Climate change and society

Climate change will have a big impact on human society, even if we manage to slow it down. The people who are likely to suffer most are those who have done least to create the problem—those that live in the developing world. Many already have to cope with extreme climates, where farming and even getting enough drinking water can be difficult. Climate change and its effects will only make life harder, so there are likely to be more famines, mass migrations, and conflicts over land and resources. Low-lying nations may be flooded by rising sea levels, forcing their citizens to leave. Industrialized societies will suffer too, both directly and because of serious problems in other parts of the world.

Makeshift tent

;LWLi

PEOPLE ON THE MOVE

If land becomes uninhabitable because it has been flooded or has turned to desert, the people who live there will have to leave. The result could be the biggest mass migration in history. It is unlikely that neighboring countries will allow huge numbers of people to simply move in, settle, and produce their own food. The refugees will end up in camps like this one in Ethiopia, relying on foreign aid and living in miserable conditions, with poor sanitation, little to eat, and nothing to do. Whole societies could collapse, and conflicts caused by disputes over land could easily lead to violence, civil war, and famine.

DISEASE

As the world warms up, tropical diseases seem to be spreading. Malaria, which is carried by tropical mosquitoes, now infects about 500 million people a year —four times more than in 1990. Blood tests will reveal if these children have also been infected.

RISING WATERS

Many highly populated parts of the world lie close to sea level. They include the Ganges Delta region of India and Bangladesh. If climate change causes a sea level rise of just 39 in (1 m), this could flood 17 percent of Bangladesh, forcing millions of people to move out. If a hurricane caused catastophic flooding on top of this—as it did in 1970—millions could die. Here survivors of a flood in 2004 wait to be rescued from a roof in Dhaka, the capital of Bangladesh.

Makeshift tent

;LWLi

WATER RESOURCES

Clean, fresh water is vital to life, but droughts will make it scarce in regions that are already semideserts. Shrinking glaciers could have the same effect, because large areas of central Asia and China rely on water stored in the mountain glaciers of the Himalayas. Many South American cities such as Lima in Peru depend on the glaciers of the Andes in the same way. If the glaciers melt, the water that they contain will drain away. Flooding by rising sea levels could also contaminate the water supplies of some of the world's largest cities, which are built on low-lying coasts.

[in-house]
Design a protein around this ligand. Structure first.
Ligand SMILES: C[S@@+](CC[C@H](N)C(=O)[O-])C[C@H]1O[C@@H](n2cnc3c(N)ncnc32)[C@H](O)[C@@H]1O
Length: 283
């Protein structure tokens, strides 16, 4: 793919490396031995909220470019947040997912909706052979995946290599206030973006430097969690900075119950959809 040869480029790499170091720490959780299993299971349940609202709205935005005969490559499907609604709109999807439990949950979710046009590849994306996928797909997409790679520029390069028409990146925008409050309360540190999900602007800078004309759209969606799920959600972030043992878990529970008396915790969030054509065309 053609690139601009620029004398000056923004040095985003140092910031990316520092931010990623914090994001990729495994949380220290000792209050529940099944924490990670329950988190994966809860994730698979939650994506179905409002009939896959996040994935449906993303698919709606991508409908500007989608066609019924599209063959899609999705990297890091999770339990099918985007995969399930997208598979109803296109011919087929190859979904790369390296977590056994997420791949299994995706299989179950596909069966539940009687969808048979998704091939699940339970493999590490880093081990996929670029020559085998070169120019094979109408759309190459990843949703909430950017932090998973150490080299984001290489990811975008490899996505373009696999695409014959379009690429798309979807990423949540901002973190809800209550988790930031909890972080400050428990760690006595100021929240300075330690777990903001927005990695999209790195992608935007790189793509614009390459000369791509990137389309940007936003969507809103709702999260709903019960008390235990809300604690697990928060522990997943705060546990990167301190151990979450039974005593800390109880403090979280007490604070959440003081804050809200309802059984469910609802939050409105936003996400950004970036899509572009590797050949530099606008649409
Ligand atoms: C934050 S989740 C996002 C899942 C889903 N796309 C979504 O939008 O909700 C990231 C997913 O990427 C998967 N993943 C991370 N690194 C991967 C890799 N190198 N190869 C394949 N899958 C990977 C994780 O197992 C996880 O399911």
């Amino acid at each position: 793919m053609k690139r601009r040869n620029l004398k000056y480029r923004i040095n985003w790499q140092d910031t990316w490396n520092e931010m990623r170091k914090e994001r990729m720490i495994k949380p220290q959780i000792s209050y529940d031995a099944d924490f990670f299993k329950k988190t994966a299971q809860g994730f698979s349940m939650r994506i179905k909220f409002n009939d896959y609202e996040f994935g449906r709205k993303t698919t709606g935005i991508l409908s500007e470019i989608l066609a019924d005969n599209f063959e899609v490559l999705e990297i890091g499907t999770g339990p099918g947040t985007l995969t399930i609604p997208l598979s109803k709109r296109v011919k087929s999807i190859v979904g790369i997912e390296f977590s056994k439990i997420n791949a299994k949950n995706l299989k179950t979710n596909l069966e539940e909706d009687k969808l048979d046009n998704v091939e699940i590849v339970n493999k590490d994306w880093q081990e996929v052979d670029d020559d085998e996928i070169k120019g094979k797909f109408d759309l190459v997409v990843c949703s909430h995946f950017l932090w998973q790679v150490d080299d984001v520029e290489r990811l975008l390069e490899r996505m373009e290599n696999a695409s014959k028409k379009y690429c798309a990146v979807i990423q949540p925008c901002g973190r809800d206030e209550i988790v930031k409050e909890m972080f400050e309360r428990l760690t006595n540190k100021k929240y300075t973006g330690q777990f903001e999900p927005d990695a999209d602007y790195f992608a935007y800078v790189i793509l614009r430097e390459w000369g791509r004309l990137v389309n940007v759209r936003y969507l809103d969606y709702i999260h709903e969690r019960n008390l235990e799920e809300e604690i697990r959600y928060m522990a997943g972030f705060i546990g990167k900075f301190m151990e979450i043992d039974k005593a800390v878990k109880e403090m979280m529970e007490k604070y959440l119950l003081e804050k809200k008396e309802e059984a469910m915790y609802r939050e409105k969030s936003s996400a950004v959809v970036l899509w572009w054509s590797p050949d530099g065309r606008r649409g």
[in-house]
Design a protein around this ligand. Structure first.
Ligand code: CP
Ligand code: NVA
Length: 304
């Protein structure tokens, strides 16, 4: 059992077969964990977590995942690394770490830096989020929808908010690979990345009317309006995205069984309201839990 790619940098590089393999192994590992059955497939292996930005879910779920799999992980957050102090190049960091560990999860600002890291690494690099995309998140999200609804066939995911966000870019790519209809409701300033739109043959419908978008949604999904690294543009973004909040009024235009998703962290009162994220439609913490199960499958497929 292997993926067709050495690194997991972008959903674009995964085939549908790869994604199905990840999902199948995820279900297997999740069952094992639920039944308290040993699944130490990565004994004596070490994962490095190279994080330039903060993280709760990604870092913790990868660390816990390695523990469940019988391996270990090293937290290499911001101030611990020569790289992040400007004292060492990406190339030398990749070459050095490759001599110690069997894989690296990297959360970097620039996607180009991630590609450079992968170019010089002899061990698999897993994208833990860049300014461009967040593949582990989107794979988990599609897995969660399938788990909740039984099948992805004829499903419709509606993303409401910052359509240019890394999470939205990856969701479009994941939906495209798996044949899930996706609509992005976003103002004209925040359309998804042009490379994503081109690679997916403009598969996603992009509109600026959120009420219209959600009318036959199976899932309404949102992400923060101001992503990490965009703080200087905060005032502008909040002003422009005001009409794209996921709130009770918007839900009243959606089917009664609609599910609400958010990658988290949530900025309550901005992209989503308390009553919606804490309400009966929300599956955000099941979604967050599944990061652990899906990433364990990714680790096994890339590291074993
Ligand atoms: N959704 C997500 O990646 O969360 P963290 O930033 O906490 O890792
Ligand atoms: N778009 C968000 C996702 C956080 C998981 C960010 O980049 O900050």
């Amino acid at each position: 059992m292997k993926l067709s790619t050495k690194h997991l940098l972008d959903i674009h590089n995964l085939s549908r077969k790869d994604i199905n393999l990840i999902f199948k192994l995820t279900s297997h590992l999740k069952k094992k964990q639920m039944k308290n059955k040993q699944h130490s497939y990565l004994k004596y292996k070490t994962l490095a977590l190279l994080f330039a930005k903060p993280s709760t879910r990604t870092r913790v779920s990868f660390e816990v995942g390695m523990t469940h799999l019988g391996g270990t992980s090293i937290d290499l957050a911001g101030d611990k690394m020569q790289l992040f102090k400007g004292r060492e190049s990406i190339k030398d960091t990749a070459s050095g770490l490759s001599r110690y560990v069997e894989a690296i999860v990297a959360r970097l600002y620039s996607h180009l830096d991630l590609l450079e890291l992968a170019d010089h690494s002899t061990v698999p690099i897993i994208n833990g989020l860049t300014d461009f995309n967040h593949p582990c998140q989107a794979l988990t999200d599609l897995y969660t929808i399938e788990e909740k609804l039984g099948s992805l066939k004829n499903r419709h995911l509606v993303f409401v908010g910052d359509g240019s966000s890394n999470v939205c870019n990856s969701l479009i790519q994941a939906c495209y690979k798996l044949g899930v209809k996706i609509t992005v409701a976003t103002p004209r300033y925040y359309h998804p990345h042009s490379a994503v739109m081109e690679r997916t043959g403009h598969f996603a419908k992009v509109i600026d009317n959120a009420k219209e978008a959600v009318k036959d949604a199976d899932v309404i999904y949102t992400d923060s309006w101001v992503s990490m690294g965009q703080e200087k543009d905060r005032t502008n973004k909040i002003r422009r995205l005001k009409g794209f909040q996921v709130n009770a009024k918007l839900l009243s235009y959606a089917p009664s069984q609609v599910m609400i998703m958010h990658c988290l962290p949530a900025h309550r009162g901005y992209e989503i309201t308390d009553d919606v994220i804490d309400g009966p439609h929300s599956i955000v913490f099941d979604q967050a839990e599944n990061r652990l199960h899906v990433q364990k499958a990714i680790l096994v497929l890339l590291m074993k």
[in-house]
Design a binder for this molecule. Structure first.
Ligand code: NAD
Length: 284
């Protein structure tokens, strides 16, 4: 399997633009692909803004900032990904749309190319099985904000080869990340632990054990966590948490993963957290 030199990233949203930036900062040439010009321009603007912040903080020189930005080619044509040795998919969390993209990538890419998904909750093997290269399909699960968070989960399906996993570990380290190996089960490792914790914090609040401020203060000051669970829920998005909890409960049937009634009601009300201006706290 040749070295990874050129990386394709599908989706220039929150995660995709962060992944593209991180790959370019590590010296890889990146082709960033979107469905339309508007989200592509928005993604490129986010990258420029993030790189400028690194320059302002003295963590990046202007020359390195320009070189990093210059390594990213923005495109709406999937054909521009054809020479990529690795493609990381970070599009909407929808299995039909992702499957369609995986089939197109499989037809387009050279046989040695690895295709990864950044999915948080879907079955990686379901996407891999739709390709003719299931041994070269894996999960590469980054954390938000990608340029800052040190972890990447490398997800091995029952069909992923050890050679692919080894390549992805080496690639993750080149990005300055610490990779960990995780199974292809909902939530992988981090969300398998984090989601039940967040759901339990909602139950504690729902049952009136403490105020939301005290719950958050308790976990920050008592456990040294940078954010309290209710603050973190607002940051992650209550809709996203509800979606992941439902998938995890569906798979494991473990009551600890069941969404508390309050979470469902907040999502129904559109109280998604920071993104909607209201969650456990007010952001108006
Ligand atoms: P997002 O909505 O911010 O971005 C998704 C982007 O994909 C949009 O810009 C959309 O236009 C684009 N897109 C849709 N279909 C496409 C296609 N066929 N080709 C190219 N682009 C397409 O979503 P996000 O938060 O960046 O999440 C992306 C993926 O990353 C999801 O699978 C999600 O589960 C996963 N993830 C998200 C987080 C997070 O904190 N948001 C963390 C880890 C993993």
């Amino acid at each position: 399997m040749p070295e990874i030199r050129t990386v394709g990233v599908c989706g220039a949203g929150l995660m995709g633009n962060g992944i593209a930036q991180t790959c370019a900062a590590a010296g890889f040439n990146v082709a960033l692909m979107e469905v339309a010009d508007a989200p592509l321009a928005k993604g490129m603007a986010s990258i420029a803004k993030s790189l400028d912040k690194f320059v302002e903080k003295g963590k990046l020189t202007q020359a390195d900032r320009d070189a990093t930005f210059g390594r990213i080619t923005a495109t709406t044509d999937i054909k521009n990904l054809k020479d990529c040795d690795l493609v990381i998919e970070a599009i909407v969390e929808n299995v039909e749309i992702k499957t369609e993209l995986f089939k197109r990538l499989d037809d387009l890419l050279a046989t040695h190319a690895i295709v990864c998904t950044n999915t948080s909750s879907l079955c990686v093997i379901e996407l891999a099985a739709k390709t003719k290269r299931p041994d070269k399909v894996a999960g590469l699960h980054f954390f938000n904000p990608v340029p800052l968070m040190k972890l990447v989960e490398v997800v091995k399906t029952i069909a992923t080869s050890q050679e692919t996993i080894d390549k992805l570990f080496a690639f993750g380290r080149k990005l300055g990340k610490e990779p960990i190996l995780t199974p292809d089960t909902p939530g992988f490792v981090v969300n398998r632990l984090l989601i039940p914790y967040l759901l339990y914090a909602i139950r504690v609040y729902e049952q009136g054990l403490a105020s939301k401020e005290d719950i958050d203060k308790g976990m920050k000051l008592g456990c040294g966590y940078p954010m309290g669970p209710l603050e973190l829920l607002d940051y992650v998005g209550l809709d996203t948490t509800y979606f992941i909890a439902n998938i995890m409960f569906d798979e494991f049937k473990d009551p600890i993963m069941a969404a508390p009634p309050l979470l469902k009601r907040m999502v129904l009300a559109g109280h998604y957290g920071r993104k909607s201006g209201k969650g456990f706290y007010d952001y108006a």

Wheat crops could benefit from warmer climates

Wheat crops could benefit from warmer climates

FARM CROPS

Global warming could make farming harder in tropical countries, because many crops are grown in regions that are already as warm as the plants can stand. In temperate regions, cereal crops such as wheat may benefit from the longer summers and the higher levels of carbon dioxide, although this could be offset by increased ground-level ozone reducing plant growth.

FOOD SUPPLY

If farming in the tropics is badly hit by climate change, food supplies could start to dry up. This will have the biggest impact on people in developing countries who are already struggling to get enough to eat. It will affect other people too, all over the world. A lot of the food that is sold in our stores comes from the tropics. If local farmers cannot produce enough to make up for reduced supplies, the supermarket shelves will start to empty much faster.

BREAKDOWN

Developed countries rely on a network of services such as power, communications, and transportation to provide the necessities of life including food, water, and heating. This makes them just as vulnerable to destructive events as less complex societies. This was demonstrated by the chaos that followed the flooding of New Orleans by Hurricane Katrina in 2005, shown here from the air. While the service networks collapsed and many people lost their lives, the city sank into lawlessness, with looters stealing from damaged buildings and violent gangs roaming the streets.

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